Dark horse nebula

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Dark horse nebula
GreatDarkHorse Nebulae.jpg
Observational Data
Right ascension 17h 21m
Declination -21° 07′
Constellation Ophiuchus
Type of object Dark nebula
Dimensions 10° [1]
Distance from Earth 650 ly[2]

The Dark Horse nebula is a colossal dark nebula in the constellation of Ophiuchus.[1] It is one of the largest dark nebulae in the night sky at 10 degrees across and 7 degrees wide, and obscures a portion of the bulge of the Milky Way.[3] Its name comes from its horse-like shape and it is also known as the "Great Dark Horse" as well as "The Prancing Horse."

Very dark locations and skies with low moisture content are required to observe this nebula.[1] It can be seen not too far above the horizon in the northern United States but is better seen in the south. Wide-field binoculars will show it easily and in great detail against a rich star field.

The nebula was first catalogued by E. E. Barnard in the early 20th century.[2] Various regions of the nebula are designated nebulae in their own right. The rear and hind legs of the horse are also known as the Pipe nebula. The S-shaped region north-west of the bowl component of the pipe is the Snake nebula. Barnard 68 is yet another dark region of gas and dust in the Dark Horse Nebula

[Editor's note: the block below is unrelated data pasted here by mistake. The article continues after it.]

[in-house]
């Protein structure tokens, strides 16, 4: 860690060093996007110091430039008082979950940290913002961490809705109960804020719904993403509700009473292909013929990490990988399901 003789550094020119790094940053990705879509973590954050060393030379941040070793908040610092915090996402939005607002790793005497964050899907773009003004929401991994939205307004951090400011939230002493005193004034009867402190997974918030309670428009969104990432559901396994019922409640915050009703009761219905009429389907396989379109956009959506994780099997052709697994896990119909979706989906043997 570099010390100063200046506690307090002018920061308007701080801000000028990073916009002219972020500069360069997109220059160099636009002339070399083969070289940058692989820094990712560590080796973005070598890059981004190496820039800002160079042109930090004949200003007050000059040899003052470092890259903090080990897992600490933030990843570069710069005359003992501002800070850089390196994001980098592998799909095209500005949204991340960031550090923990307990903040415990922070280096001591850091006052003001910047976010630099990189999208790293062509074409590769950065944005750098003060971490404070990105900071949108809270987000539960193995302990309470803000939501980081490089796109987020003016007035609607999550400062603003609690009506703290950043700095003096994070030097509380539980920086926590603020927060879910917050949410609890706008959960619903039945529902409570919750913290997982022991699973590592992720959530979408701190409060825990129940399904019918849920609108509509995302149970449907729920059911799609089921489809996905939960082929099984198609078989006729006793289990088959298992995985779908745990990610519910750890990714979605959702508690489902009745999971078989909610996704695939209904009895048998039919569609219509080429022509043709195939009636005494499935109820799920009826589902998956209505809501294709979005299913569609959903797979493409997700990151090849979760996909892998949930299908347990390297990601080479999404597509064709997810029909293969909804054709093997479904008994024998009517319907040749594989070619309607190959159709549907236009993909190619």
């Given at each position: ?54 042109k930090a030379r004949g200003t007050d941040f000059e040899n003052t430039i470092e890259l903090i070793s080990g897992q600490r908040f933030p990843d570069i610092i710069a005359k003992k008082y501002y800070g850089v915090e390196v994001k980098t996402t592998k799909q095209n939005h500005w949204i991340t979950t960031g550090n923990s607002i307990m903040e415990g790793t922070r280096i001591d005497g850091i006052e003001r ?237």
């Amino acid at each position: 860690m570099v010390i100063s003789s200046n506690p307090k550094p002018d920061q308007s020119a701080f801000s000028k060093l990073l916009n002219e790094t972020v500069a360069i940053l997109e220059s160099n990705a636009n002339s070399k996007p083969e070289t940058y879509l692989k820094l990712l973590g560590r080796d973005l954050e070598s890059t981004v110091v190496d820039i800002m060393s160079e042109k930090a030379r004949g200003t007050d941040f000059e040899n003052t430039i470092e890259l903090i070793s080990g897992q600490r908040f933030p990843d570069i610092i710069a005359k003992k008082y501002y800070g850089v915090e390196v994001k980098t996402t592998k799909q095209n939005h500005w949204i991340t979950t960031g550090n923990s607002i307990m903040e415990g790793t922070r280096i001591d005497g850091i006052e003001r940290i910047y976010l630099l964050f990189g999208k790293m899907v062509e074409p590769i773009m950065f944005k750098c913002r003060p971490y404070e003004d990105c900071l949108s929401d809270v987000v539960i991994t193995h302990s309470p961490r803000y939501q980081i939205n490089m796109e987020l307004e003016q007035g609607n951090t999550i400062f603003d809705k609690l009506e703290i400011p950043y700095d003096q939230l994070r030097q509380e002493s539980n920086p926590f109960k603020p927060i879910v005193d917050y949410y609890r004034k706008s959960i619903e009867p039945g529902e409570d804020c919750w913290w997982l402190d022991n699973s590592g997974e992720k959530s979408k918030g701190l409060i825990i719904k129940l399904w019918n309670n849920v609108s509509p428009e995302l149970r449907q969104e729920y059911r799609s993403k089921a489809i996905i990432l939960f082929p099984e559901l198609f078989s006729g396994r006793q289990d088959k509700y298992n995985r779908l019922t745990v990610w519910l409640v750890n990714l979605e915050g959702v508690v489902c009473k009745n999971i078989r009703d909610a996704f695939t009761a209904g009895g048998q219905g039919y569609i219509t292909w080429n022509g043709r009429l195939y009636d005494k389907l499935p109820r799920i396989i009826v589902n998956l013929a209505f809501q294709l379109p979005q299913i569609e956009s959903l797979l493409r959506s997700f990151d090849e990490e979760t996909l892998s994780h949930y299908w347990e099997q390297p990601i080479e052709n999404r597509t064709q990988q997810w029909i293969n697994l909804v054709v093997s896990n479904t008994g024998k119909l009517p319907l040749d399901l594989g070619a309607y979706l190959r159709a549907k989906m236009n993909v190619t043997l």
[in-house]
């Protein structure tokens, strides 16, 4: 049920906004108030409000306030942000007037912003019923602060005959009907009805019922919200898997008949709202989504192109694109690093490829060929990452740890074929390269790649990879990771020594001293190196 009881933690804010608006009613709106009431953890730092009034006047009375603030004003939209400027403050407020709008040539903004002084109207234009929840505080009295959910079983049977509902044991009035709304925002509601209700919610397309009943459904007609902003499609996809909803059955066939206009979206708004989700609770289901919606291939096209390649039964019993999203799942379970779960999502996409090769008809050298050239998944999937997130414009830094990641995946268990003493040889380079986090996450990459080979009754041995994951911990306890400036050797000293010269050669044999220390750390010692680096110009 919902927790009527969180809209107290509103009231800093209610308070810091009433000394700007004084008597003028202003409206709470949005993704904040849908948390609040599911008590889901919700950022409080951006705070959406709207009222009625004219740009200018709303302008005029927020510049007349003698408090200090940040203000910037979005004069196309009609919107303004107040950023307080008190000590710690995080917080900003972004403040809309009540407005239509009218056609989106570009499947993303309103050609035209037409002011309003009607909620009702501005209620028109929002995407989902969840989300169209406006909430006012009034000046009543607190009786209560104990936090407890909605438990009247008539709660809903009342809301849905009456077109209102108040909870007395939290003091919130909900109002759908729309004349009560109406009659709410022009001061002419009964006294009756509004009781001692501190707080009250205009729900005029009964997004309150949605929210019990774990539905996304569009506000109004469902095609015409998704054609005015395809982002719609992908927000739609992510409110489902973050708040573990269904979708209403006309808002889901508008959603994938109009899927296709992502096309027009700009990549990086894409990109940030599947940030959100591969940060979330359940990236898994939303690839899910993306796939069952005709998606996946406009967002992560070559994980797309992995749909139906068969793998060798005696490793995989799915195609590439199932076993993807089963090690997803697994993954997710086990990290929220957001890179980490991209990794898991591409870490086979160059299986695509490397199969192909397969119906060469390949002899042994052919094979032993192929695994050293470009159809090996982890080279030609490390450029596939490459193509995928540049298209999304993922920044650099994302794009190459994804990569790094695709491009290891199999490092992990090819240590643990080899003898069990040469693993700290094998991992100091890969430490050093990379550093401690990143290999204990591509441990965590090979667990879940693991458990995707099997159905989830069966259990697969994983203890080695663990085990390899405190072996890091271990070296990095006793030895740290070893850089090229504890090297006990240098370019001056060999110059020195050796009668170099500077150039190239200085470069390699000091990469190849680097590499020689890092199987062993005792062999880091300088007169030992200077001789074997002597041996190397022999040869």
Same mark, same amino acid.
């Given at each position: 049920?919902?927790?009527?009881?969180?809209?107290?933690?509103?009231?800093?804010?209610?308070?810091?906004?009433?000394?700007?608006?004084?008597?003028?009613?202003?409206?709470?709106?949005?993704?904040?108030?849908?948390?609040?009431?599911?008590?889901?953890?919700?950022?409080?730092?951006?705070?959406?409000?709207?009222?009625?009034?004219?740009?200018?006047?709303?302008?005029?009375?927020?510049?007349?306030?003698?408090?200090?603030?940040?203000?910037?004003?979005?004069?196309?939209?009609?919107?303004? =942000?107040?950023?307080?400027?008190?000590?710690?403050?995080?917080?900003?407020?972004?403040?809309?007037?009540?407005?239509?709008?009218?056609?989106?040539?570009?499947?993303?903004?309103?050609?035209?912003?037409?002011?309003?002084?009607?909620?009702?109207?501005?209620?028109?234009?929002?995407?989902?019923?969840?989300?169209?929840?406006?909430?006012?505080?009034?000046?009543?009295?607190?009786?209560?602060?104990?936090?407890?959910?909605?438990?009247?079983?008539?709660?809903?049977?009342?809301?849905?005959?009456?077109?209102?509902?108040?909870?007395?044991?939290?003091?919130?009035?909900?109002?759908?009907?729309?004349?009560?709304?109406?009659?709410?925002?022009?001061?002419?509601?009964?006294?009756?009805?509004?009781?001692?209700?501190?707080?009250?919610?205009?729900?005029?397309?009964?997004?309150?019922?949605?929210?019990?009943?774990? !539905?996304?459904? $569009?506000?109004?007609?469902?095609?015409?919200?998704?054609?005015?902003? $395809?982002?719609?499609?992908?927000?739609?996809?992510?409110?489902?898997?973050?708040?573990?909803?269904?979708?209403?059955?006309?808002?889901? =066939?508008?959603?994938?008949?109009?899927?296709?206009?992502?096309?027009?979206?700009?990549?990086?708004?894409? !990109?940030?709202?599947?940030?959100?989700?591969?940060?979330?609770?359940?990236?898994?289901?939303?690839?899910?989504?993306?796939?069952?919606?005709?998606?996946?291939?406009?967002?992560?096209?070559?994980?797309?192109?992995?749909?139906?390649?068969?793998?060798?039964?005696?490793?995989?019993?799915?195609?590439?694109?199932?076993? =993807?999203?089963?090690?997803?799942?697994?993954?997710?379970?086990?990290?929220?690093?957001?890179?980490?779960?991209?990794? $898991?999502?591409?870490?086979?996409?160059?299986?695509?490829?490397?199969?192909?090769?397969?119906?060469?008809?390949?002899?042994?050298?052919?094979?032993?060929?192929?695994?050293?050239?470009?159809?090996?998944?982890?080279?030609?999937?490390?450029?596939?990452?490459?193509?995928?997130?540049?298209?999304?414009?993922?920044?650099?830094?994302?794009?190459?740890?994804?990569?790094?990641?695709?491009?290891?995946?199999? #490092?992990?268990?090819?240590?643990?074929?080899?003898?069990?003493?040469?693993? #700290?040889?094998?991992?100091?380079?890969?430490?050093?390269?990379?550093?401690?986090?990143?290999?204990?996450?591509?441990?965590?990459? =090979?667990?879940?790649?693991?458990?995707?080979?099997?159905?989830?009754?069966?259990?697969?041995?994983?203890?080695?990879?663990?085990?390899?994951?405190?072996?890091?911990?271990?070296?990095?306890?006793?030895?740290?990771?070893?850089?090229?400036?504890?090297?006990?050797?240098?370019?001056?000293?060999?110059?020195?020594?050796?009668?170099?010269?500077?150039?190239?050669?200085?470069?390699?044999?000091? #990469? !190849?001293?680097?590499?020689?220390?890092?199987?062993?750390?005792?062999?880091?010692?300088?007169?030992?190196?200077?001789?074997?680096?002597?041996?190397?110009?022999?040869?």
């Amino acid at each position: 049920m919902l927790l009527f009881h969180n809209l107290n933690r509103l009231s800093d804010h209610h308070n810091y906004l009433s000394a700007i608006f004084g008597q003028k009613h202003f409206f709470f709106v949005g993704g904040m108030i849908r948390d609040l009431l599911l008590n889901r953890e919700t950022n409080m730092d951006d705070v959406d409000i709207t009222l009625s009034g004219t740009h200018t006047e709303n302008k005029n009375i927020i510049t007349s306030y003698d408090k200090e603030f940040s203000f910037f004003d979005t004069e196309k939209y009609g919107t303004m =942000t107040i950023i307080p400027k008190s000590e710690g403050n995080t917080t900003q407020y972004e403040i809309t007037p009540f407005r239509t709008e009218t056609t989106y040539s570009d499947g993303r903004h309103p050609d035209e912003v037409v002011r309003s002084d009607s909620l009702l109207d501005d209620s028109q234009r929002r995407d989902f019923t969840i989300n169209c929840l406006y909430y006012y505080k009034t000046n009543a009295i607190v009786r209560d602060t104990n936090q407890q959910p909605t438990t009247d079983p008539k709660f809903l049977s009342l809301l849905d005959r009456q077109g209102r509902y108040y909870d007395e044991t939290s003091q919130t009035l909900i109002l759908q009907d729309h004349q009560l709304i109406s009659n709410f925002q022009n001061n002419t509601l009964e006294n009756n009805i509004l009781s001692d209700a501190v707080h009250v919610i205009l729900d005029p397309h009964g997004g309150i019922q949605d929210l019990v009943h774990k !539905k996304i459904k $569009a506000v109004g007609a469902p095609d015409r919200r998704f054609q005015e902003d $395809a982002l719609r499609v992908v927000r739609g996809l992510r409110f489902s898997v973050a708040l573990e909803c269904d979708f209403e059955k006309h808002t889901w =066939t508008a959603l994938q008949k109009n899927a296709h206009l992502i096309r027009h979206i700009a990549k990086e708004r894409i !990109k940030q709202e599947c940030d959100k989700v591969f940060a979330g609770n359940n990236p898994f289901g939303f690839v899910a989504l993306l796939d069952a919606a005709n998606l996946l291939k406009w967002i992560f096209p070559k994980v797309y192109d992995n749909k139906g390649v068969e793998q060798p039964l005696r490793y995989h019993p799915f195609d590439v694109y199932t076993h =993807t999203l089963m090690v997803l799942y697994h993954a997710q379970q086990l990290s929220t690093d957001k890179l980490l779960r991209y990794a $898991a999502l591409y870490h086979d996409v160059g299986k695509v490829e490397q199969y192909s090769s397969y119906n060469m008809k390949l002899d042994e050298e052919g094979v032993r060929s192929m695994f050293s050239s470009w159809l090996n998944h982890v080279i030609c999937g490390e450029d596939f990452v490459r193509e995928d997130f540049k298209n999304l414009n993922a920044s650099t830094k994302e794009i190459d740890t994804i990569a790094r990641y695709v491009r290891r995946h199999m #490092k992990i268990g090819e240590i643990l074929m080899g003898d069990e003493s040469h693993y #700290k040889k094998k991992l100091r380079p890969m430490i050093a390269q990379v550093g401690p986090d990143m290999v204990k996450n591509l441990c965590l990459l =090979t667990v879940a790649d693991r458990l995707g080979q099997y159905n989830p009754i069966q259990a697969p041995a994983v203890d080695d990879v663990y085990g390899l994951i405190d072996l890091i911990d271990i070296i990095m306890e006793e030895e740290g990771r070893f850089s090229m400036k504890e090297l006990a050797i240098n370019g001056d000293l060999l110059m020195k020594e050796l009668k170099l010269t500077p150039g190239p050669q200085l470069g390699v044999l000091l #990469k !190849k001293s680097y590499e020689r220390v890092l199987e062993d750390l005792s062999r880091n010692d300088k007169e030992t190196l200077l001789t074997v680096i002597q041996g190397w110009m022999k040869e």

1. 1.0 1.1 1.2 Eleanor Imster (2017-09-06). Saturn riding the Dark Horse. earthsky.org. Retrieved on 2019-10-24.
  2. 2.0 2.1 Images taken with RFO's robotic (CCD) telescope. rfo.org. Retrieved on 2019-10-24.
  3. Bob King (2017-06-22). Saturn Rides Bareback On The Galactic Dark Horse. universetoday.com. Retrieved on 2019-10-24.